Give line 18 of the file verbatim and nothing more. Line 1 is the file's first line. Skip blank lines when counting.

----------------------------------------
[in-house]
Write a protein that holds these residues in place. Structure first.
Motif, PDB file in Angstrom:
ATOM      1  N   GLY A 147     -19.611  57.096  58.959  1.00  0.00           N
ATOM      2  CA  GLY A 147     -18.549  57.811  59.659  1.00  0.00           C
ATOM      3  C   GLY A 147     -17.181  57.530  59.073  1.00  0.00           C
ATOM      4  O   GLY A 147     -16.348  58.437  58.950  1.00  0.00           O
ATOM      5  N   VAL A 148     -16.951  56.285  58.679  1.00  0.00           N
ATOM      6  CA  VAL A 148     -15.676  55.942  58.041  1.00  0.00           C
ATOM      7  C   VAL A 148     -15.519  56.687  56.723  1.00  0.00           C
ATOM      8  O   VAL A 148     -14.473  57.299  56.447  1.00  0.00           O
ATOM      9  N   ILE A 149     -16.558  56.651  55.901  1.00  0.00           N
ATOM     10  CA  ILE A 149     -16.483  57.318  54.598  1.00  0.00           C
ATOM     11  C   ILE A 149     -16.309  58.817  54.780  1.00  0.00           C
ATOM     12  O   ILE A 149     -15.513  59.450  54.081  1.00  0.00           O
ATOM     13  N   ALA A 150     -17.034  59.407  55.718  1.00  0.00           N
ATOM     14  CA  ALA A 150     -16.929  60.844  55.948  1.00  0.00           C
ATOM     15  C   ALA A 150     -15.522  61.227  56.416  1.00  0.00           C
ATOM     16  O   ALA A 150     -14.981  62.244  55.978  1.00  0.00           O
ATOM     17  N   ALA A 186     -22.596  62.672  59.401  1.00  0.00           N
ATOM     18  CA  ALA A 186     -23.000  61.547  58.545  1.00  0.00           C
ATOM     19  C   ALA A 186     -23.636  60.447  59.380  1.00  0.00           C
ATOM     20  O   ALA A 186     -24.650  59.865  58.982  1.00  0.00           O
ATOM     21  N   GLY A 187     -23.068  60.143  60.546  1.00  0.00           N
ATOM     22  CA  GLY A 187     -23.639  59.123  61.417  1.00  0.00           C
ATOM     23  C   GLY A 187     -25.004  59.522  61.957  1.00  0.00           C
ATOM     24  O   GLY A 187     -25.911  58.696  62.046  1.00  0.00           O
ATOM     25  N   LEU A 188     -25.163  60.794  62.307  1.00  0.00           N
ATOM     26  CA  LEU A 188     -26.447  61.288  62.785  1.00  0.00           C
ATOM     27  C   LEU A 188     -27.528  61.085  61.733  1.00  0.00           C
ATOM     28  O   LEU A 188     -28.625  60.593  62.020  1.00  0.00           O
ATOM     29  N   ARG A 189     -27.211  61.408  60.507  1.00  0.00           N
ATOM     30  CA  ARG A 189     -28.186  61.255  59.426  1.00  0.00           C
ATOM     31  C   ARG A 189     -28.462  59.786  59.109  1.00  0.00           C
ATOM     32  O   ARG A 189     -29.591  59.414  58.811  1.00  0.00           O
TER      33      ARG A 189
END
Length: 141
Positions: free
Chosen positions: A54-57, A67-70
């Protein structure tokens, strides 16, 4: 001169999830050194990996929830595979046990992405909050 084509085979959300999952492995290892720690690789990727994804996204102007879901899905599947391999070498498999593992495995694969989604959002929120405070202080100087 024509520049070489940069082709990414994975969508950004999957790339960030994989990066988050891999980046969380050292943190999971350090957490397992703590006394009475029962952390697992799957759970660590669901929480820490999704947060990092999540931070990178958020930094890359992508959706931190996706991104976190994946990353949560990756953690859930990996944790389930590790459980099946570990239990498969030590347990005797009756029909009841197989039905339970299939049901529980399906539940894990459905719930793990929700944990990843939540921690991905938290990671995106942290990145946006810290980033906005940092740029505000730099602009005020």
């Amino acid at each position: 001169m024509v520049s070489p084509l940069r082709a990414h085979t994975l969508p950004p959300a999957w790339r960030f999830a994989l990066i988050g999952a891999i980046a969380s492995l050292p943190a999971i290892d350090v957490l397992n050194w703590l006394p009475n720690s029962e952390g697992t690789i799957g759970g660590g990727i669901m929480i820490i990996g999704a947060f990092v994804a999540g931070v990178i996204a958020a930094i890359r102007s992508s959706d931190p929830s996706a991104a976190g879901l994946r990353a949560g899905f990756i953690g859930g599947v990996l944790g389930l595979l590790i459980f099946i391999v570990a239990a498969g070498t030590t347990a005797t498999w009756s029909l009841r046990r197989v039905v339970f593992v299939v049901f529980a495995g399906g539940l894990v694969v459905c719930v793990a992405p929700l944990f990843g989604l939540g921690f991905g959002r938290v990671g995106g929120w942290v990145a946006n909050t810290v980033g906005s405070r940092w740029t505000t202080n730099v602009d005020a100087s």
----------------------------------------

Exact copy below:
ATOM     15  C   ALA A 150     -15.522  61.227  56.416  1.00  0.00           C